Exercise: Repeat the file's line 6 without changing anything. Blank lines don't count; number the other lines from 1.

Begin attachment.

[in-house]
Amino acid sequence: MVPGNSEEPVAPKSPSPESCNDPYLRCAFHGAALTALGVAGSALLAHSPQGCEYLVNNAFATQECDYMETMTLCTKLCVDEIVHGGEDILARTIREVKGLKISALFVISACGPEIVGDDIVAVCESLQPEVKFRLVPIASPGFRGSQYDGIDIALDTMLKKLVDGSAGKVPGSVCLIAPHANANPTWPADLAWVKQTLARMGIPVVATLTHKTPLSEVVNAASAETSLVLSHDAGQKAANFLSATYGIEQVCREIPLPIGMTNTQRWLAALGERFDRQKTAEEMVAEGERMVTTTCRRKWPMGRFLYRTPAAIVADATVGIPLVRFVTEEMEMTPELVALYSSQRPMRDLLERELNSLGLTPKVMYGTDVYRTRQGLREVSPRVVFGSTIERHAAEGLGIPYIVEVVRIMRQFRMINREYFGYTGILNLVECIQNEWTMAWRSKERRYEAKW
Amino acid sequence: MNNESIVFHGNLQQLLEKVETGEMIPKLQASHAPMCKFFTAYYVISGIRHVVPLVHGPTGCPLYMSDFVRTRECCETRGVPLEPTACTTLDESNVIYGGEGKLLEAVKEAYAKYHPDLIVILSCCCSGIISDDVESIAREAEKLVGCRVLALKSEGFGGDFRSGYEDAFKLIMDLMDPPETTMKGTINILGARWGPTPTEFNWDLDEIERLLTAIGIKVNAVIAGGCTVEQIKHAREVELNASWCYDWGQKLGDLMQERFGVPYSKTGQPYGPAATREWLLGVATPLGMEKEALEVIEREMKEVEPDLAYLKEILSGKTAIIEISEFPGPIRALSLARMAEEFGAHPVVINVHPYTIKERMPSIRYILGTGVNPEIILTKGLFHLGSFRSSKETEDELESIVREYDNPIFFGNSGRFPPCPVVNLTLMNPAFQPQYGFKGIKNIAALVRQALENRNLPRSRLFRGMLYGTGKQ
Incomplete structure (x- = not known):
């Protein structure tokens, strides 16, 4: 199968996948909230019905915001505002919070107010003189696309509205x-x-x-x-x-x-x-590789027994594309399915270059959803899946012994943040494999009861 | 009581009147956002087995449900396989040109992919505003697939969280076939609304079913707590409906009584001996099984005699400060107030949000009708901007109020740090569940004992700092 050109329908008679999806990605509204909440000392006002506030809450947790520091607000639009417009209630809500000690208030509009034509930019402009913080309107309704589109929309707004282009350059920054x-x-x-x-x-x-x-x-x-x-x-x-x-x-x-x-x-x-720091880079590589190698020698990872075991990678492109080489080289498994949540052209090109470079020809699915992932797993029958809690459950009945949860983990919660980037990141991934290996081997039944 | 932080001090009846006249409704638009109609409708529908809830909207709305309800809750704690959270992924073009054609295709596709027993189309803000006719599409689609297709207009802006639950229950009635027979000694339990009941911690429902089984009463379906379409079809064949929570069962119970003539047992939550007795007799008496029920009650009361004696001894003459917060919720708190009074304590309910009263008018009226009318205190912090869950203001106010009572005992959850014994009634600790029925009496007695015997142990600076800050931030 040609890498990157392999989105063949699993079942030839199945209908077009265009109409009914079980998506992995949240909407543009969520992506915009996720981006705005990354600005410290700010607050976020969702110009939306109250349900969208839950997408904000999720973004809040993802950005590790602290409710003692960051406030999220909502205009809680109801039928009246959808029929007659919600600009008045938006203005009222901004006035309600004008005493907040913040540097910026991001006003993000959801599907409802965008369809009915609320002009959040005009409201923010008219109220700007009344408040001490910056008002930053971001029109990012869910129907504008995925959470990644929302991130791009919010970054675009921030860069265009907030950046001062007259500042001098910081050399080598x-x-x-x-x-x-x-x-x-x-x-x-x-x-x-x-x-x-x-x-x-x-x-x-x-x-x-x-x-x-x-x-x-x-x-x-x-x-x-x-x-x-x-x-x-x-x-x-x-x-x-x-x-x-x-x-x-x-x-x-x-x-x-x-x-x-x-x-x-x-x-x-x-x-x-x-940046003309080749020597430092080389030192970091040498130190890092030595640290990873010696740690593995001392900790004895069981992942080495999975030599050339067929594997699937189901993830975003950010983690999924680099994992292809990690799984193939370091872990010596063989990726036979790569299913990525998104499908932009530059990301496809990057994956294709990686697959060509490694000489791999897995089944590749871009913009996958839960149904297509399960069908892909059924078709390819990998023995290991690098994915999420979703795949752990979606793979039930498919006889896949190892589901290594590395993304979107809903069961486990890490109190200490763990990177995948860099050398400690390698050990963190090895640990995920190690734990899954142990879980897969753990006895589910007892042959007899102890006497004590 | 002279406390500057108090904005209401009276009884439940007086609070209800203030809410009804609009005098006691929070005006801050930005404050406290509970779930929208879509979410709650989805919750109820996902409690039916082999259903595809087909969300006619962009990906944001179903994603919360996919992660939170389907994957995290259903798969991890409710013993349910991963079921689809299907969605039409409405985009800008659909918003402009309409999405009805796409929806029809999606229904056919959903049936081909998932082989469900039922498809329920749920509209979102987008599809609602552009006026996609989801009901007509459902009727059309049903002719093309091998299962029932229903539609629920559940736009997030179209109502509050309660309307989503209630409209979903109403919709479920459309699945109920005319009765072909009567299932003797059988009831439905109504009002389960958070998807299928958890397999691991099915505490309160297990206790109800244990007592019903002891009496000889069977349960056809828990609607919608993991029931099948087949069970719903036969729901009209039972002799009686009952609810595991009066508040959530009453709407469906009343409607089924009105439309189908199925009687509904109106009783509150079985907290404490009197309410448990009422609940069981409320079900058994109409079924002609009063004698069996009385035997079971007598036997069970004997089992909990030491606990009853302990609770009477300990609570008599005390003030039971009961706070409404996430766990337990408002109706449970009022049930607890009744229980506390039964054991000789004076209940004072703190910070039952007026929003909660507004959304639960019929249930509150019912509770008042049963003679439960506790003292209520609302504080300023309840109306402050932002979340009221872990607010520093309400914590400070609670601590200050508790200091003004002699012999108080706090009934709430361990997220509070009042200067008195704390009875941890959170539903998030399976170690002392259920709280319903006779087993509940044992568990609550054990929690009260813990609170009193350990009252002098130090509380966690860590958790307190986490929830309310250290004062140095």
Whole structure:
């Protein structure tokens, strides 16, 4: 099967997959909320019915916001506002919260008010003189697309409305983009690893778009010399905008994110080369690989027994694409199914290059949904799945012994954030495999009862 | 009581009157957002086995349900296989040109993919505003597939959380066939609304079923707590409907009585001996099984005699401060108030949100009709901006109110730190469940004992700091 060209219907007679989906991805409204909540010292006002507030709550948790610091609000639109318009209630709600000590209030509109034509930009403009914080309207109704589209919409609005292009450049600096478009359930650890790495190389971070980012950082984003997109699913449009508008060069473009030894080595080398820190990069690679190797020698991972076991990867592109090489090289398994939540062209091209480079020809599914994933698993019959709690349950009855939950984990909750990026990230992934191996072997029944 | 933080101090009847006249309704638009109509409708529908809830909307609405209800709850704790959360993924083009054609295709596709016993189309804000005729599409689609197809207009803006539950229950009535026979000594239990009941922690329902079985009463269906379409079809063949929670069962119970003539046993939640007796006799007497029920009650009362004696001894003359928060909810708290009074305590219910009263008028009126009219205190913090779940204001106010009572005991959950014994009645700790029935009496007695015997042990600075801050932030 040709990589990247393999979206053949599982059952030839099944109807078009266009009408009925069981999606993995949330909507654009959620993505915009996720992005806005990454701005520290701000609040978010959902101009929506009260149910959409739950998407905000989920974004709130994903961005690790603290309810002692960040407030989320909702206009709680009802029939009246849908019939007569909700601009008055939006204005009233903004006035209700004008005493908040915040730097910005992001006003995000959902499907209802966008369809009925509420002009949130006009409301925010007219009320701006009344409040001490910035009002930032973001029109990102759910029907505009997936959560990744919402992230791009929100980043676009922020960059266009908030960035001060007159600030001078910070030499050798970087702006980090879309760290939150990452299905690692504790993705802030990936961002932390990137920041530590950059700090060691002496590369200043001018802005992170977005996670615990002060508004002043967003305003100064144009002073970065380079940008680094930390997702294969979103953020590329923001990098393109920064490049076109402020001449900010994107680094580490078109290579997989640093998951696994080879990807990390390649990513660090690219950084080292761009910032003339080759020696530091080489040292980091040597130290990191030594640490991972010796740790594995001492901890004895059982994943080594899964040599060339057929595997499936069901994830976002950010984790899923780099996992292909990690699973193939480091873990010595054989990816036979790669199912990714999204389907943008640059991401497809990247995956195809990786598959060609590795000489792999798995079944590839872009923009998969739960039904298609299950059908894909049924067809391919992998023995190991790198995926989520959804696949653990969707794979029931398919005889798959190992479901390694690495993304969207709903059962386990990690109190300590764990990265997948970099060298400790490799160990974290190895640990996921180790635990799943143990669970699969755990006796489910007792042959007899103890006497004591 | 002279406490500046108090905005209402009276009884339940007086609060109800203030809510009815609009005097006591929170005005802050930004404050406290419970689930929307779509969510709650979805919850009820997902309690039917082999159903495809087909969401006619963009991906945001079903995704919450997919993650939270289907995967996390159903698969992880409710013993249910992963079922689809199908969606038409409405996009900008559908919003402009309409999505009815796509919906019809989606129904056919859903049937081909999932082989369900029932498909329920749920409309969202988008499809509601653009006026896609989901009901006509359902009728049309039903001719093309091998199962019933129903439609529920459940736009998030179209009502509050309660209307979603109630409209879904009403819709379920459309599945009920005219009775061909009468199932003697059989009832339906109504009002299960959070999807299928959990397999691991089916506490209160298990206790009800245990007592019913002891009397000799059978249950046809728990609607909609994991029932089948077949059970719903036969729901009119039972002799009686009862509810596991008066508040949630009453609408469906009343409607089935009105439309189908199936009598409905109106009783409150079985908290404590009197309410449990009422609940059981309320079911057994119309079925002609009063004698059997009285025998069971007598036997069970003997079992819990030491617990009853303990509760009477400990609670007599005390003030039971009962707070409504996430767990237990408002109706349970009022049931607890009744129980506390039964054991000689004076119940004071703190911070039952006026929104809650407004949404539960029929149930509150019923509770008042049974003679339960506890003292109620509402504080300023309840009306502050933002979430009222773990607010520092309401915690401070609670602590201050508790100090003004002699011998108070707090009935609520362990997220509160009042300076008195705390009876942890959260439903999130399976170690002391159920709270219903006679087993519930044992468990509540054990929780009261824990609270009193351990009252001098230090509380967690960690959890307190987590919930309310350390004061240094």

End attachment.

Whole structure: